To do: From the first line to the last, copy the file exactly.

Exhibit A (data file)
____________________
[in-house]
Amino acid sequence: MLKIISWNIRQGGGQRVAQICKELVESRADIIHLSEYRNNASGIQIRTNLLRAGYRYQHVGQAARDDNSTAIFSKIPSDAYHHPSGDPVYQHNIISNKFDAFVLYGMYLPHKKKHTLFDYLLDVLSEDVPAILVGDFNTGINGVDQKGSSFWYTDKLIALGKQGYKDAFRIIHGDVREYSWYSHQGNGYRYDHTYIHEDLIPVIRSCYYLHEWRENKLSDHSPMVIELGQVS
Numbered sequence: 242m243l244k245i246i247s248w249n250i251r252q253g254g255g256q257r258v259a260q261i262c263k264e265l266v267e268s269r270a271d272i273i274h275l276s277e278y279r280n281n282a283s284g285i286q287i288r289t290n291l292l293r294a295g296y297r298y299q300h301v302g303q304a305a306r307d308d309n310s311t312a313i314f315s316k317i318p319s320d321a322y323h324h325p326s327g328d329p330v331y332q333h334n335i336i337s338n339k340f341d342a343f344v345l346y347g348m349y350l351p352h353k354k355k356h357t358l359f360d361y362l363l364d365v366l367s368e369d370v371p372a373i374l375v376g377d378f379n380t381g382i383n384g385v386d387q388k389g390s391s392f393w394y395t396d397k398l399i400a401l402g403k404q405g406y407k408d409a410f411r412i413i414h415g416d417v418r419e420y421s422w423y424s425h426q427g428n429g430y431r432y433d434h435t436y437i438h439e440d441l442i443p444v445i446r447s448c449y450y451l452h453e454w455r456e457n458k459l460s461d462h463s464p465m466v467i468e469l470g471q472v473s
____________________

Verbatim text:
[in-house]
Amino acid sequence: MLKIISWNIRQGGGQRVAQICKELVESRADIIHLSEYRNNASGIQIRTNLLRAGYRYQHVGQAARDDNSTAIFSKIPSDAYHHPSGDPVYQHNIISNKFDAFVLYGMYLPHKKKHTLFDYLLDVLSEDVPAILVGDFNTGINGVDQKGSSFWYTDKLIALGKQGYKDAFRIIHGDVREYSWYSHQGNGYRYDHTYIHEDLIPVIRSCYYLHEWRENKLSDHSPMVIELGQVS
Numbered sequence: 242m243l244k245i246i247s248w249n250i251r252q253g254g255g256q257r258v259a260q261i262c263k264e265l266v267e268s269r270a271d272i273i274h275l276s277e278y279r280n281n282a283s284g285i286q287i288r289t290n291l292l293r294a295g296y297r298y299q300h301v302g303q304a305a306r307d308d309n310s311t312a313i314f315s316k317i318p319s320d321a322y323h324h325p326s327g328d329p330v331y332q333h334n335i336i337s338n339k340f341d342a343f344v345l346y347g348m349y350l351p352h353k354k355k356h357t358l359f360d361y362l363l364d365v366l367s368e369d370v371p372a373i374l375v376g377d378f379n380t381g382i383n384g385v386d387q388k389g390s391s392f393w394y395t396d397k398l399i400a401l402g403k404q405g406y407k408d409a410f411r412i413i414h415g416d417v418r419e420y421s422w423y424s425h426q427g428n429g430y431r432y433d434h435t436y437i438h439e440d441l442i443p444v445i446r447s448c449y450y451l452h453e454w455r456e457n458k459l460s461d462h463s464p465m466v467i468e469l470g471q472v473s